Position Statement| Trap-Neuter-Return

Alley Cat Allies supports non-lethal and humane practices that address community cat populations. We support and promote Trap-Neuter-Return (TNR) programs.

Community cats have been living full, healthy lives outdoors for over 10,000 years. The cruel, outdated practice of catching-and-killing cats is a futile and never-ending cycle, and it is being abandoned by more and more cities and shelters across America. We support Trap-Neuter-Return (TNR) programs. TNR is the only humane and effective approach to community cats. It not only helps cats, it helps the communities where they live. Therefore, we advocate for catch-and-kill schemes to be replaced by Trap-Neuter-Return in all communities across the country and around the world.

Community cats are unowned cats who live outdoors in virtually every landscape on every continent predominantly where people live. Like pet cats, they belong to the domestic cat species (Felis catus). However, community cats, also called feral cats, are generally not socialized—or friendly—to people, therefore cannot live indoors.

Trap-Neuter-Return is the mainstream approach to community cat populations, worldwide. Today, over 650 municipalities have adopted a Trap-Neuter-Return ordinance or policy, and thousands more are conducting grassroots volunteer-led programs.

During Trap-Neuter-Return, cats are humanely trapped, taken to a veterinarian to be spayed or neutered, and vaccinated and eartipped (the universal sign that a cat has been part of a TNR program). After recovery, the cats are returned to their home outdoors.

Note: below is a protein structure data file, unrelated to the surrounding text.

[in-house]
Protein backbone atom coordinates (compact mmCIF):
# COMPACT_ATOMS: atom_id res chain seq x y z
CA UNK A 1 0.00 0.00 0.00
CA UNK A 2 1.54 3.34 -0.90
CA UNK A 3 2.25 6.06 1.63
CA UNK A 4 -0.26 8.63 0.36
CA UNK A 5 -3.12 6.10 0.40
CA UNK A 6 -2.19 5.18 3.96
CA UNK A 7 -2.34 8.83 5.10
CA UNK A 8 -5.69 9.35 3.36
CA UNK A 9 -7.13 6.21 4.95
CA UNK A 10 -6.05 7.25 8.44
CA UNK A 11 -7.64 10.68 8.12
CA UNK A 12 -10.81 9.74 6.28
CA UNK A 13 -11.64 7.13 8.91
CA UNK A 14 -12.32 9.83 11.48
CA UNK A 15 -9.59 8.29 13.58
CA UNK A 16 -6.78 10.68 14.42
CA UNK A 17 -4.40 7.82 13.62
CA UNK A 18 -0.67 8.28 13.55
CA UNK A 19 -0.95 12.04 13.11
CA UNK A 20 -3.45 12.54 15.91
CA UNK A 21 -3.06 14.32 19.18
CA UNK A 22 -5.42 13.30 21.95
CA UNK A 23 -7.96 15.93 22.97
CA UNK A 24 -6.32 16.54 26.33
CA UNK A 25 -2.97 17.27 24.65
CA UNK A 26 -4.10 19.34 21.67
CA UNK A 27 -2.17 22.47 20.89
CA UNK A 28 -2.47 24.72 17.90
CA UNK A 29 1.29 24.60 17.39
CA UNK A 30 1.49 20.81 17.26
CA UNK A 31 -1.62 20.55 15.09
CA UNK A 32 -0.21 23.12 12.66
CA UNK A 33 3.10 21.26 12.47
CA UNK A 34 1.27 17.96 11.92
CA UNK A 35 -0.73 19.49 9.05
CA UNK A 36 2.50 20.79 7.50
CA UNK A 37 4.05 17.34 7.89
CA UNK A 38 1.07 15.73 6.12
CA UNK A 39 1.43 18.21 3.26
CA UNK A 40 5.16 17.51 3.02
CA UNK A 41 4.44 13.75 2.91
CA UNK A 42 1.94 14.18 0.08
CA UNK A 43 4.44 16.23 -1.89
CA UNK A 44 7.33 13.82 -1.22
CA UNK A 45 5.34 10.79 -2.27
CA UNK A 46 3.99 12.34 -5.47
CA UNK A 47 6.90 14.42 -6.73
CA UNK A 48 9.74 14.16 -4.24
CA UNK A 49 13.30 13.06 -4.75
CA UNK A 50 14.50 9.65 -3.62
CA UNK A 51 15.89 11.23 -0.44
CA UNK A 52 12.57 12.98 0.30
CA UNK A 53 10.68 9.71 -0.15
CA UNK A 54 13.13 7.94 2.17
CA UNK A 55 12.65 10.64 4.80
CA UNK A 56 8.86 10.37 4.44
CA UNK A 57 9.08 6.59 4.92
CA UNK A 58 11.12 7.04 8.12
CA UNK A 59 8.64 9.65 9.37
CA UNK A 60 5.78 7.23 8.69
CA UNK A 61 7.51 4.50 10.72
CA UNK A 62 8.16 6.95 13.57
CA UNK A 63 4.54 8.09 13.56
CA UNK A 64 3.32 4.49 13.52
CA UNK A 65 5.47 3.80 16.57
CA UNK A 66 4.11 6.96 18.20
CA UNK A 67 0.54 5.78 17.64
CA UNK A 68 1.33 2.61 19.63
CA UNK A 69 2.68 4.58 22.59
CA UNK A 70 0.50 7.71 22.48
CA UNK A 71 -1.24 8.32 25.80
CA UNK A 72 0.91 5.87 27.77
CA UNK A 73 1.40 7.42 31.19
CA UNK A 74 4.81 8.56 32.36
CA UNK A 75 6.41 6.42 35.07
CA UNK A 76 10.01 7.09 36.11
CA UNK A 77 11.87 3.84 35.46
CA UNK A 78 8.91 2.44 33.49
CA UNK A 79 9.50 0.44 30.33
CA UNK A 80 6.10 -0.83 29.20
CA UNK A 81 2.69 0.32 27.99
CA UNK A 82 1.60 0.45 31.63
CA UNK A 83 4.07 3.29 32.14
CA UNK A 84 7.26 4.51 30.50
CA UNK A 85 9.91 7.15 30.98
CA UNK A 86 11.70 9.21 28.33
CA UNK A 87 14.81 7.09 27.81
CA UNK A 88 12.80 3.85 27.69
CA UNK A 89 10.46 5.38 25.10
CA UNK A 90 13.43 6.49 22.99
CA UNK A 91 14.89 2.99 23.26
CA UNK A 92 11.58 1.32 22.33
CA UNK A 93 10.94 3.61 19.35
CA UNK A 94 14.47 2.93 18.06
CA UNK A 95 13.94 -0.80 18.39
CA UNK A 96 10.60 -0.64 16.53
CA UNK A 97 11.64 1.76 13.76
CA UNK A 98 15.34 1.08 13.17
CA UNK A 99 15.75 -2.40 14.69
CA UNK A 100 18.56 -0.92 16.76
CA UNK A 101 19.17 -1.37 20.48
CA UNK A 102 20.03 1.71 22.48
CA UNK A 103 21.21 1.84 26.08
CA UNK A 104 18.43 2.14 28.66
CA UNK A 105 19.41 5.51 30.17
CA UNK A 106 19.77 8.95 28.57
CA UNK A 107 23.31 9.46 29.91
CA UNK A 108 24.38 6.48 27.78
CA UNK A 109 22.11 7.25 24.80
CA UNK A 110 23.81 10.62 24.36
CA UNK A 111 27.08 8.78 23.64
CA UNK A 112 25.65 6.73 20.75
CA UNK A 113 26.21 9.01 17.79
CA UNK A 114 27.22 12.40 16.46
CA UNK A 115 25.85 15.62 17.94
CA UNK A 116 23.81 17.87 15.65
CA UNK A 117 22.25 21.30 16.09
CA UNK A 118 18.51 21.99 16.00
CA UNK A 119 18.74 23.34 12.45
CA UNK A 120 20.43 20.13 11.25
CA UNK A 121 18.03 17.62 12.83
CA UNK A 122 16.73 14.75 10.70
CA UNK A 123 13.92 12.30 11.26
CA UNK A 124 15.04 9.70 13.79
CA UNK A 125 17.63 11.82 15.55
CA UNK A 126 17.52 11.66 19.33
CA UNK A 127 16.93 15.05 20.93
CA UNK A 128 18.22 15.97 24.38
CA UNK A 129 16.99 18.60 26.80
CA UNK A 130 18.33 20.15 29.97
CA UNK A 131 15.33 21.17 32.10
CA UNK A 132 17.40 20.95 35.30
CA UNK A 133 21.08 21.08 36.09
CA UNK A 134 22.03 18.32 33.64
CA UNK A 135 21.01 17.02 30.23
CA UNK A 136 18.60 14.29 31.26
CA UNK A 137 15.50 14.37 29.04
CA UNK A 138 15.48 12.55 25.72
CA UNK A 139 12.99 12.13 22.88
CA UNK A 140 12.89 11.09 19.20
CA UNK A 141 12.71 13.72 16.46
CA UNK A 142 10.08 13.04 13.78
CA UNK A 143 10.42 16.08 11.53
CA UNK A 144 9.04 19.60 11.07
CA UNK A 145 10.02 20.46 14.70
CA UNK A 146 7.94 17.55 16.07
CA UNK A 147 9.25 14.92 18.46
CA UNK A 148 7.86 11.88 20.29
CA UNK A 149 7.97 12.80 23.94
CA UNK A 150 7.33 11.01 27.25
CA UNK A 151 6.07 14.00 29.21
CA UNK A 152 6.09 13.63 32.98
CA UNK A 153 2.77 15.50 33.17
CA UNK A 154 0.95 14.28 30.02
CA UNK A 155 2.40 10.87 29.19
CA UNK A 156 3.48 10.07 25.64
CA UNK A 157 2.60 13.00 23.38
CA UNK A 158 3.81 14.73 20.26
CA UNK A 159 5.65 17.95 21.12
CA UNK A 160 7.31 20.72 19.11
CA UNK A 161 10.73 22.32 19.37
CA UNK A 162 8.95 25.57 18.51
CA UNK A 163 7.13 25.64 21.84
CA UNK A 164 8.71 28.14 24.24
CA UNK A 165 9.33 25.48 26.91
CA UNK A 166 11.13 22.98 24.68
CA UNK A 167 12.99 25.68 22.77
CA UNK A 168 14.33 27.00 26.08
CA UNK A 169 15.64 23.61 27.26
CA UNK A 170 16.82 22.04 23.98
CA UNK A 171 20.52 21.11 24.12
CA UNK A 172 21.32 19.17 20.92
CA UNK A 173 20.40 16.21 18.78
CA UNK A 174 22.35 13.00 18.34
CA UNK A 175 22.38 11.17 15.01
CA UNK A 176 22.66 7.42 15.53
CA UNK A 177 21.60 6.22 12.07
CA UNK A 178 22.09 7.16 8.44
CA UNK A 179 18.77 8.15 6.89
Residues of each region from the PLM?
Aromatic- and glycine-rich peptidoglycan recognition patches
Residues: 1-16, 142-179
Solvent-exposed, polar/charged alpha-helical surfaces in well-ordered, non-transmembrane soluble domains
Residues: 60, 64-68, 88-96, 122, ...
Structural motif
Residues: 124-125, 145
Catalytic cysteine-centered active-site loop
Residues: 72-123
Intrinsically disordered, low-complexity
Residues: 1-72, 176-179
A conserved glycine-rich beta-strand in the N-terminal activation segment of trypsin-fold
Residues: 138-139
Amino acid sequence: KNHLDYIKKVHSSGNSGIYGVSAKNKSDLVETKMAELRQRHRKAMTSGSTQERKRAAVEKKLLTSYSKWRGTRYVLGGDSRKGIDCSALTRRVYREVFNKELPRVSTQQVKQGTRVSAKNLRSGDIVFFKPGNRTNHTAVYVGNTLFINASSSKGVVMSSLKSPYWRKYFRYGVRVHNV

Trap-Neuter-Return stabilizes community cat populations and, over time, colonies decrease in size. TNR stops the breeding cycle, eliminates mating behaviors, such as yowling, spraying, roaming and fighting, and consistently produces the best results among all options available to coexist with people. Finally, Trap-Neuter-Return benefits public health because community cats, who are just as healthy as pet cats, are vaccinated against rabies. Overall, the cats’ physical health improves as does their relationship with the community.

The lethal scheme of removing outdoor cats from their environment and impounding them at shelters and pounds is cruel, ineffective, and is done at the taxpayer’s expense. Nationwide, 70% of all impounded cats are killed, and that number is nearly 100% for cats who are unsocialized, and therefore unadoptable. In addition, attempts to remove cats result in population increases as an influx of new, unsterilized cats move into the same area and reproduce. This well-documented natural phenomenon is known as the “vacuum effect.”

Every cat should be valued and protected. We strive for a world where all domestic cats have a safe community in which to live, including those whose homes are outdoors.